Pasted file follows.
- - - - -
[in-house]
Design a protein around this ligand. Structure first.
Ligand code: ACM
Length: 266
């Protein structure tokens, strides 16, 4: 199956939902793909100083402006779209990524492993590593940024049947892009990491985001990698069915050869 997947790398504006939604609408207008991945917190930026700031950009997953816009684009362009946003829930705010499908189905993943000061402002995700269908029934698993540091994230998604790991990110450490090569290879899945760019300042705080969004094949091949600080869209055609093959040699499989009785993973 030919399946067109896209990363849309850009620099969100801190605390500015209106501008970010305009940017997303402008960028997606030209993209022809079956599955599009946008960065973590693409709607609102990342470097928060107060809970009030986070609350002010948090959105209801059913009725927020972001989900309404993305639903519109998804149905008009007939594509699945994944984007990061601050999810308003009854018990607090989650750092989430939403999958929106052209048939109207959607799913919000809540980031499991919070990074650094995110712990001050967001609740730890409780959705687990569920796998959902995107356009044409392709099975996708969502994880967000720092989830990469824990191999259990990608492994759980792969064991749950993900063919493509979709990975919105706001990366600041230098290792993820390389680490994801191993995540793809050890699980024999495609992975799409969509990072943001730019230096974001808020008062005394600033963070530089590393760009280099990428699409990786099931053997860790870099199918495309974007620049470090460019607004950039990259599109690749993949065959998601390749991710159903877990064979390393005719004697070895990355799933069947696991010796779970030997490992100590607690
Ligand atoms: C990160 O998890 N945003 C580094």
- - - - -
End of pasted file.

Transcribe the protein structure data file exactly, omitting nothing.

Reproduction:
[in-house]
Design a protein around this ligand. Structure first.
Ligand code: ACM
Length: 266
């Protein structure tokens, strides 16, 4: 199956939902793909100083402006779209990524492993590593940024049947892009990491985001990698069915050869 997947790398504006939604609408207008991945917190930026700031950009997953816009684009362009946003829930705010499908189905993943000061402002995700269908029934698993540091994230998604790991990110450490090569290879899945760019300042705080969004094949091949600080869209055609093959040699499989009785993973 030919399946067109896209990363849309850009620099969100801190605390500015209106501008970010305009940017997303402008960028997606030209993209022809079956599955599009946008960065973590693409709607609102990342470097928060107060809970009030986070609350002010948090959105209801059913009725927020972001989900309404993305639903519109998804149905008009007939594509699945994944984007990061601050999810308003009854018990607090989650750092989430939403999958929106052209048939109207959607799913919000809540980031499991919070990074650094995110712990001050967001609740730890409780959705687990569920796998959902995107356009044409392709099975996708969502994880967000720092989830990469824990191999259990990608492994759980792969064991749950993900063919493509979709990975919105706001990366600041230098290792993820390389680490994801191993995540793809050890699980024999495609992975799409969509990072943001730019230096974001808020008062005394600033963070530089590393760009280099990428699409990786099931053997860790870099199918495309974007620049470090460019607004950039990259599109690749993949065959998601390749991710159903877990064979390393005719004697070895990355799933069947696991010796779970030997490992100590607690
Ligand atoms: C990160 O998890 N945003 C580094």